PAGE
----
Greetings Friends and Neighbors,
Thank you to everyone who participated in our recent telephone town-hall meeting. We had record participation this year of over 1,900, and we discussed a wide range of issues. Your input is invaluable as I work to represent you here in Olympia. The constituents who called into the town hall were very clear that with $3 billion more in revenue than expected, state government should live within its means and spending decisions should be prioritized.
Thank you for allowing me to serve as your state senator.
20th District Senator
Senate approves no-new-taxes budget that prioritizes education
The Senate passed a no-new-taxes budget that puts education first. Our state is projected to have $3 billion more in revenue over the next two years, so I do not believe we need to raise taxes. I am committed to spending taxpayer resources effectively and responsibly. The additional $3 billion is more than enough to meet our constitutional requirements to fund education and continue to provide essential services that protect the most vulnerable.
The Senate’s proposal invests an additional $1.3 billion toward basic education, cuts college tuition by 25 percent, and adds over $70 million for mental-health services, all without raising taxes on working families and small businesses.
With $3 billion more in projected revenue, I believe that we can meet the needs of state government and live within our means. You can visit here for more information on the Senate’s budget proposal.
Our Senate majority is committed to fiscal responsibility. Our budget prioritizes investing in education, protecting the vulnerable and providing tax relief to small businesses and families. Recent opinion polls suggest that voters in our state favor funding priorities of government such as education within existing revenue, and I agree. The Senate’s budget is balanced, makes wise use of your tax dollars by investing in education and includes no new taxes.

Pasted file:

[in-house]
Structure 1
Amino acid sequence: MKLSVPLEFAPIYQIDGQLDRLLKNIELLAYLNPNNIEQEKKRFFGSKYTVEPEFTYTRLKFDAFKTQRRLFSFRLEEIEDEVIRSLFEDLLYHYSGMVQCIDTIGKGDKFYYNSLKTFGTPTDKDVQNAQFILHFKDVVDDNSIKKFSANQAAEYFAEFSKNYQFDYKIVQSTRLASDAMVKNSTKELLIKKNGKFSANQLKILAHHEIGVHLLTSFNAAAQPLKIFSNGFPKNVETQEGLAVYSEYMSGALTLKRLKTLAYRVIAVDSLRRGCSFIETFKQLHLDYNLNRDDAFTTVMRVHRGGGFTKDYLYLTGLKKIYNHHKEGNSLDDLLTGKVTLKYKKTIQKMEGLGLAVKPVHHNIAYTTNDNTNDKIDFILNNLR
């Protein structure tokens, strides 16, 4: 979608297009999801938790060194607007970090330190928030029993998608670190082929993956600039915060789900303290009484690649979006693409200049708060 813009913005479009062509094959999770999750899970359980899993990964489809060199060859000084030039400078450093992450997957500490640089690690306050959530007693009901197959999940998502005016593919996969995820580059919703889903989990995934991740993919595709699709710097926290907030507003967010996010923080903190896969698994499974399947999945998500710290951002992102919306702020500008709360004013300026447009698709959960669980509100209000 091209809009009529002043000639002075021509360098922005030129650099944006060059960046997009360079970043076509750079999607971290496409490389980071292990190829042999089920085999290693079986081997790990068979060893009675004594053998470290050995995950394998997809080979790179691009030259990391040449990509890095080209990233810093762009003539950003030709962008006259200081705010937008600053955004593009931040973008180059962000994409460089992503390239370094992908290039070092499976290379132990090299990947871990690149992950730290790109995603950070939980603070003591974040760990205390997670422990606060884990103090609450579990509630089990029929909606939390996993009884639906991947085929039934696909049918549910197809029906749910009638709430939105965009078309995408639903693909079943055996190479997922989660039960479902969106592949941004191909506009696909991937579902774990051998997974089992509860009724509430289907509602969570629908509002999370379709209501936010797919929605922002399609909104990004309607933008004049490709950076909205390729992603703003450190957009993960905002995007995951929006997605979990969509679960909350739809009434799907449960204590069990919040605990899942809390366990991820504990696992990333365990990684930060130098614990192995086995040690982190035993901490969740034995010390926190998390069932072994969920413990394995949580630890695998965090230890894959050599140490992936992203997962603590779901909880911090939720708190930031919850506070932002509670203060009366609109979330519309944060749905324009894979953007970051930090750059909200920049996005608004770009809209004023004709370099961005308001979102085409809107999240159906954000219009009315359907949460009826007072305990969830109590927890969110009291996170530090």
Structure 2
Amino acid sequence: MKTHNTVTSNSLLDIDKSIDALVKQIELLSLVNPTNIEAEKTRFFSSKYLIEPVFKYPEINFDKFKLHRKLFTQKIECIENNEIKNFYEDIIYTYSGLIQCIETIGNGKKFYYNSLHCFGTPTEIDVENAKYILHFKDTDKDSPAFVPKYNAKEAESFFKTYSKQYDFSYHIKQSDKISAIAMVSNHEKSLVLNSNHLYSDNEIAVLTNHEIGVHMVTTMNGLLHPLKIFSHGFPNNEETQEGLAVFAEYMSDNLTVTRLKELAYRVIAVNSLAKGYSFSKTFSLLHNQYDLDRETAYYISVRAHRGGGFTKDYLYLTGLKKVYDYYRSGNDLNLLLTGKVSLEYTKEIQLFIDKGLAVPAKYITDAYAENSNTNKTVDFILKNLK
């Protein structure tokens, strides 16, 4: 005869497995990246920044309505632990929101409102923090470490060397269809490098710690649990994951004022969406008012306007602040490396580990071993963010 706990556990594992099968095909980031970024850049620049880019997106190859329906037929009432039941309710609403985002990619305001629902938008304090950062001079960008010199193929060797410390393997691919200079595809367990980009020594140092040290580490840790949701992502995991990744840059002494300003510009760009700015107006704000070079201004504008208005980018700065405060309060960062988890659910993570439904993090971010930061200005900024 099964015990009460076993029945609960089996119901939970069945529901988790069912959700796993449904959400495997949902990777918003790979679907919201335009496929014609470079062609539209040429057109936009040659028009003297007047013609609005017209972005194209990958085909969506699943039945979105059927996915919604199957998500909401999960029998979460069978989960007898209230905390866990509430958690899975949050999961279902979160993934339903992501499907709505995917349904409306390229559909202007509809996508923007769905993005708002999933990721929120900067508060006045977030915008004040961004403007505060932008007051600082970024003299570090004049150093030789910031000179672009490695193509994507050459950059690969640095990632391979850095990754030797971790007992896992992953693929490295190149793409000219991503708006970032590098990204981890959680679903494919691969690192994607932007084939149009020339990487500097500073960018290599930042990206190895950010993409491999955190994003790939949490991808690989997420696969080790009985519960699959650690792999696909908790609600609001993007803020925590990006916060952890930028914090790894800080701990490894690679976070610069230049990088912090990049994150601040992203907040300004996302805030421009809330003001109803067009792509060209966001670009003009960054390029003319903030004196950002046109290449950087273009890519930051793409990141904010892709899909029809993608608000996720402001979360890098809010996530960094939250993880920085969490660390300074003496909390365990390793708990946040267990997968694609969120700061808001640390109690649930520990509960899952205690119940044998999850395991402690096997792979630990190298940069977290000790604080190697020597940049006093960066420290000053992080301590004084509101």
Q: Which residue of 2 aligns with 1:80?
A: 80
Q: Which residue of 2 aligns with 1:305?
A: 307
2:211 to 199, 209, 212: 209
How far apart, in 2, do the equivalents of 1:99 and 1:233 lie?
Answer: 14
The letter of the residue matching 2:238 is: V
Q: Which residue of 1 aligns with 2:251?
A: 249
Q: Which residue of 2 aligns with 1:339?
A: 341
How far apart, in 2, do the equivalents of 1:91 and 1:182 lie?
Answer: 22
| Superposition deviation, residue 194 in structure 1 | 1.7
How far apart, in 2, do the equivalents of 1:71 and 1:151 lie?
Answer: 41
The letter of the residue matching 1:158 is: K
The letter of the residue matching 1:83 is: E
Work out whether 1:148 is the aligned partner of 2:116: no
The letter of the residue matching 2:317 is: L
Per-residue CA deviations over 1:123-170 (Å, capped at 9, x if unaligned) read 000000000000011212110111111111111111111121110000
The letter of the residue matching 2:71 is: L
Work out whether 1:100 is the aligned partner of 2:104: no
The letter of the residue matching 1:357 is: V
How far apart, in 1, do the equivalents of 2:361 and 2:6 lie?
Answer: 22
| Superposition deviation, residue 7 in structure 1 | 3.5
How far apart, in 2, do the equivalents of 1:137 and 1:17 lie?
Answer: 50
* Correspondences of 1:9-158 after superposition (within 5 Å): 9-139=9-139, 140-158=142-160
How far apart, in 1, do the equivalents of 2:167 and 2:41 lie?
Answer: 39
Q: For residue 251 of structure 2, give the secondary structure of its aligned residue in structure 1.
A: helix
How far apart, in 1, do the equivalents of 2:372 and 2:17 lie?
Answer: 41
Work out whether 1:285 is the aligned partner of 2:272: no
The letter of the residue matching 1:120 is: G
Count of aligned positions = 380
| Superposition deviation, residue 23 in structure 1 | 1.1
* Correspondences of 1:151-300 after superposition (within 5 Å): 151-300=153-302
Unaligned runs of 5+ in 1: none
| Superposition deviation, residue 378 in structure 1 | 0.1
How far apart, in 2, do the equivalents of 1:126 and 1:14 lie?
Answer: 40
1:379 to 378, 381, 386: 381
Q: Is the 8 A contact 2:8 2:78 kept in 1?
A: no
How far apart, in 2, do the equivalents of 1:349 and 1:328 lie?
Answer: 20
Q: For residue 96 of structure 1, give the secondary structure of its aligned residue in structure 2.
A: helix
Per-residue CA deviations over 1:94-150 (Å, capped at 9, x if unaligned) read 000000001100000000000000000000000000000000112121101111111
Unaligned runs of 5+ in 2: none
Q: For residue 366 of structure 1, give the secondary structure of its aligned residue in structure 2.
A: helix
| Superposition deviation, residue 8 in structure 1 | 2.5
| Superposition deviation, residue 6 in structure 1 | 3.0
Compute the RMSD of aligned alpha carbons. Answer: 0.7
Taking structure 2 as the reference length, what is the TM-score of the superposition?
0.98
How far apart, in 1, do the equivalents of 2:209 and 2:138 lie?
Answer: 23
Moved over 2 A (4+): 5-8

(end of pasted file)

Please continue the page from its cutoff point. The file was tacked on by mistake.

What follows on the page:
Once the House of Representatives approves a complete budget – which I will explain next – we will begin negotiations on a final budget. The good news is that our priorities are very similar but we have a lot of work to do to agree on how we fund those priorities.
House budget increases spending by 15 percent, requires huge tax increase
The House of Representatives approved the spending part of its budget proposal more than two weeks ago. It would increase state spending by 15 percent – or $5.2 billion – and rely on $1.5 billion in tax increases to balance. However, those tax increases, which include a volatile new capital-gains tax and an increase of taxes on small businesses, have yet to receive a vote even at the committee level.
Until the House majority approves the tax hikes needed to offset all that additional spending, its budget is only half-baked. Our Senate majority has approved a complete budget which is easier to do when you hold the line on taxes, as we do. The House must do the same before negotiations toward a final budget may begin. With the regular legislative session scheduled to end in a few short days on Sunday, April 26, the House’s delay in putting a proper budget on the table is already putting the Legislature at risk of going into a costly overtime session.
I cannot emphasize enough that state government is projected to bring in $3 billion more in revenue as a result of economic growth. The last thing the state should do is ask citizens to pay more taxes.